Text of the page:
Melting is slowly but surely exposing the waste of a forgotten, frozen Cold War base.
At the peak of the Cold War in 1960, the U.S. government decided that it needed to go really, really cold and construct a subsurface base in Greenland. The North Pole was the quickest route from America to the Soviet Union, and having medium-range missiles in the region seemed liked a good idea.
Named Camp Century due to the fact that it was 100 miles from the polar ice cap, the base proved to be more of a technical achievement than strategic necessity. The project was canceled six years later in part because the ice it was built on was moving. Abandoning the camp, the government just assumed that perpetual snowfall would cover up the site and freeze it up for the foreseeable course of human history.
Now, in a new paper published in , it's possible to see just how wrong they were. "Since the 1960s," writes William Colgan, assistant professor in the Department of Earth and Space Science and Engineering at York University, "the scientific community has recognized the Greenland Ice Sheet to be more sensitive to climate forcing than previously thought." By 2025, there's a 50 percent chance that the ice sheet that covers 80 percent of Greenland will no longer have dry snow at higher elevations.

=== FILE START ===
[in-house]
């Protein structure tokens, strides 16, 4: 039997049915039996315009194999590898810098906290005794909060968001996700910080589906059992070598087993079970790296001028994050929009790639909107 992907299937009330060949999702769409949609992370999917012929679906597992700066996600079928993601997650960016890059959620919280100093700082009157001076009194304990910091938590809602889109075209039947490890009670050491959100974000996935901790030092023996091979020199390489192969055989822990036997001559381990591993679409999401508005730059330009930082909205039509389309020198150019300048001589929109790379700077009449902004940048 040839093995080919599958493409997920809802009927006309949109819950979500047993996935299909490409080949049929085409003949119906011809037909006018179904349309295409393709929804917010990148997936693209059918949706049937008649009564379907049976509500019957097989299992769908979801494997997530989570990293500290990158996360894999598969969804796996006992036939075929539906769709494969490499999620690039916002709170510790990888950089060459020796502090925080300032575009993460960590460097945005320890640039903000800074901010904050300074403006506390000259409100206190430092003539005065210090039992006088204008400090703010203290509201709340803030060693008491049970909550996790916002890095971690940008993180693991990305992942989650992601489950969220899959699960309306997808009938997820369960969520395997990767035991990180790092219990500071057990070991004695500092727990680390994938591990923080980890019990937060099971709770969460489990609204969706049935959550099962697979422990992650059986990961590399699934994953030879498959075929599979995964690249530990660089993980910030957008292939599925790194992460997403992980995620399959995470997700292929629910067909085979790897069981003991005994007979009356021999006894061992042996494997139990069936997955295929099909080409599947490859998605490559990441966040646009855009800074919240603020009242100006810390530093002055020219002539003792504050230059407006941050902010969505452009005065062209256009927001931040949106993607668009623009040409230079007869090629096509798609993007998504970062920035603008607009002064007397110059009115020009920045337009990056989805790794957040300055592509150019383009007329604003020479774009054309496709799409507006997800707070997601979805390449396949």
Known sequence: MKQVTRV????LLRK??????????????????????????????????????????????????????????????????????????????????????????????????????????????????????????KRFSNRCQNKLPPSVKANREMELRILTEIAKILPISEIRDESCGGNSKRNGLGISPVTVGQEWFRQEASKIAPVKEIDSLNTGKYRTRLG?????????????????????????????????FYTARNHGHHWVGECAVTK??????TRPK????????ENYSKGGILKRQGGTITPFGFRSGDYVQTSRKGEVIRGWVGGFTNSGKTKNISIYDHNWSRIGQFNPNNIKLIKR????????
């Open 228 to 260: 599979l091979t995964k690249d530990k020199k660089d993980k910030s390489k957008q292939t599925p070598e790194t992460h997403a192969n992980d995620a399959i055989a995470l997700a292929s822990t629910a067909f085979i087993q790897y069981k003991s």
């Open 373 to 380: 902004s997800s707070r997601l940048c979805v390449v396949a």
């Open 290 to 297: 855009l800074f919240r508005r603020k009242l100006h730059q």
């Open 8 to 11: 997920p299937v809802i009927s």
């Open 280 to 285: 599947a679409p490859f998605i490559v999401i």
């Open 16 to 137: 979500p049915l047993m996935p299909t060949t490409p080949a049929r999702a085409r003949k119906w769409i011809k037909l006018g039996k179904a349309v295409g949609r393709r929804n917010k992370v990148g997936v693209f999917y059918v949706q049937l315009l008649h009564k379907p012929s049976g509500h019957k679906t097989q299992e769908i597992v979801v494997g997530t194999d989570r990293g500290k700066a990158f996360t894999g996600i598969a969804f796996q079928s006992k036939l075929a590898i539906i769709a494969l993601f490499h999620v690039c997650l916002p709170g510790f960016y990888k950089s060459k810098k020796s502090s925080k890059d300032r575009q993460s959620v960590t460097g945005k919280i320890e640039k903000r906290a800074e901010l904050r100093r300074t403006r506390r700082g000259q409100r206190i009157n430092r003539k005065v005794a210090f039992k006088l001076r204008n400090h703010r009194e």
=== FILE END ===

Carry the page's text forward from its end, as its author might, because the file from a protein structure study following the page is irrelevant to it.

The real problem is all the waste left behind. A complex military structure (there's about its construction, which is fascinating) powered first by a portable nuclear reactor and later by diesel, Camp Century contained weaponry and a complex set of tunnels. An old Army documentary about the achievement pronounced, "on top of Greenland today, a city is buried."
Colgan's team has identified radioactive waste, diesel fuel, and a "nontrivial quantity of polychlorinated biphenyls (PCBs)," an old electrical coolant banned by the US government in 1979. PCBs are now a "human carcinogen" that can cause not just cancer but severe weight loss, liver problems, and pregnancy complications.
If current trends continue, Colgan and his team estimate that all the frozen waste could "remobilize" within 75 years. PCBs could be washed out of Camp Century on a river of melted ice, eventually driving them towards proglacial lakes. Colgan notes that there "appears to be substantial ambiguity surrounding the political and legal liability associated" with fi the mess. Hopefully, someone figures it out with the same tenacity that the Army Corps of Engineers brought to building it in the first place.